Astronomy

One of the most technically challenging but most rewarding types of photography that I have ever done is astrophotography. The deep sky objects being photographed are typically thousands to millions of light years away. Each final image requires 10-15 stacked images for each color channel (R, G and B) and luminance (L) – totaling 40-60 separate images. This requires taking 3 to 4 times that many images in order to have enough good images. Focal length and aperture are fixed and typical exposure times are 5 to 10 minutes. The telescope mount continuously moves the telescope and its camera in order to keep the object centered in the frame as the Earth is rotating.

These photos were taken from our deck in North Lake Tahoe which had a good southern exposure and less light pollution.

In terms of equipment, I used two different telescope and camera configurations on top of an Astro-Physics 1200GTO German Equatorial Mount. For deep sky objects, a Deep Sky Instruments RC10C Ritchey-Chretien 10″ F/7.3 astrograph was paired with a SBIG ST-10XME 3.2 megapixel CCD imaging camera. For wide view imaging, a TeleVue NP101is Nagler-Petzval APO 4″ F/5.4 refractor telescope was matched with a SBIG STF-8300M 8.3 megapixel full frame CCD camera. A Mini-Borg 50 and SBIG ST-i camera were used for automated guiding. In addition to the standard R, G, B and L filters, the camera filter wheels included Ha, OIII and SII filters made by Astrodon.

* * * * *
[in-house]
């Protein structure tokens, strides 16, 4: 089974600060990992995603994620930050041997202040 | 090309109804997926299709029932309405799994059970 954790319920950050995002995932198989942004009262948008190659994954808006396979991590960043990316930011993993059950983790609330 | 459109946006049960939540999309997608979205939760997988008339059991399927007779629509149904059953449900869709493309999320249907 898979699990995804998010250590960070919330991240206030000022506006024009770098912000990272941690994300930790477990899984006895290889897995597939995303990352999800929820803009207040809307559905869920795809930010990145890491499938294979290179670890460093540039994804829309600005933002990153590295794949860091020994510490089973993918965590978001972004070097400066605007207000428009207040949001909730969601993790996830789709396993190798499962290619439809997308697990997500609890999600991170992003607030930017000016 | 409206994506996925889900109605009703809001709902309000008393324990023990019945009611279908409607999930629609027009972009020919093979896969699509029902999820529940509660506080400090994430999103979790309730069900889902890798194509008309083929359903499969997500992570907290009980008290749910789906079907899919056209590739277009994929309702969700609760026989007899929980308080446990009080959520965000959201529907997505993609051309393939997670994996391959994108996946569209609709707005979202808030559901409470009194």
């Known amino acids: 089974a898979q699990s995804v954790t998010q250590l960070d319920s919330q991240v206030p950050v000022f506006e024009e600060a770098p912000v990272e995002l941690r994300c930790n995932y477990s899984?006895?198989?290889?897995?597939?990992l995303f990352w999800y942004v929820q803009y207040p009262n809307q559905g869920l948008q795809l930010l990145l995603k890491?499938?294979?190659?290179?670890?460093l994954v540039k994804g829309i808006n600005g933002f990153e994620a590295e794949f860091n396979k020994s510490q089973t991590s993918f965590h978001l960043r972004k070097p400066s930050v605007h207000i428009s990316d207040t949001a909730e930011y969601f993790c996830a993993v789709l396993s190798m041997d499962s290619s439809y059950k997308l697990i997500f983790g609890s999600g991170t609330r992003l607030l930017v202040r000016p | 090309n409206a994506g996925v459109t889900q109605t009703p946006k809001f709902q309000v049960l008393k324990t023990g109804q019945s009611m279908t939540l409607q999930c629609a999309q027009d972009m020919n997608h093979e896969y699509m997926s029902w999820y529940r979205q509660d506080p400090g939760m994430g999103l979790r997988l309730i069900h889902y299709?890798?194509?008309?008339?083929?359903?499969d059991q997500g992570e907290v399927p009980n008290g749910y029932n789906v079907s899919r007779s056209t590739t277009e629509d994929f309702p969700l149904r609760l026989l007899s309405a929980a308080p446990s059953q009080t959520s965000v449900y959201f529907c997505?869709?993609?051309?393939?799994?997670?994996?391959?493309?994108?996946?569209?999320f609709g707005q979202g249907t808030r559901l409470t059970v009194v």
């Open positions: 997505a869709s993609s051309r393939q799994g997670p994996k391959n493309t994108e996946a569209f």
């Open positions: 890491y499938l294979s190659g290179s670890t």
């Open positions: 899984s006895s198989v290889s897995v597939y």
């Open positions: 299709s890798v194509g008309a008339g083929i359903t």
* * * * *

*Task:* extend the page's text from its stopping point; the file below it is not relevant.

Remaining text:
The telescopes, cameras and mount were connected to a Dell laptop computer running programs including The Sky X from Software Bisque for locating and tracking targets; FocusMax for telescope focusing; and Maxim DL for image acquisition. The selected images were combined together in CCD Stack and a master copy for each color channel (R, G and B) and luminance created. Adobe Photoshop was used to create the final image including adding color to each channel since the originals were all monochrome.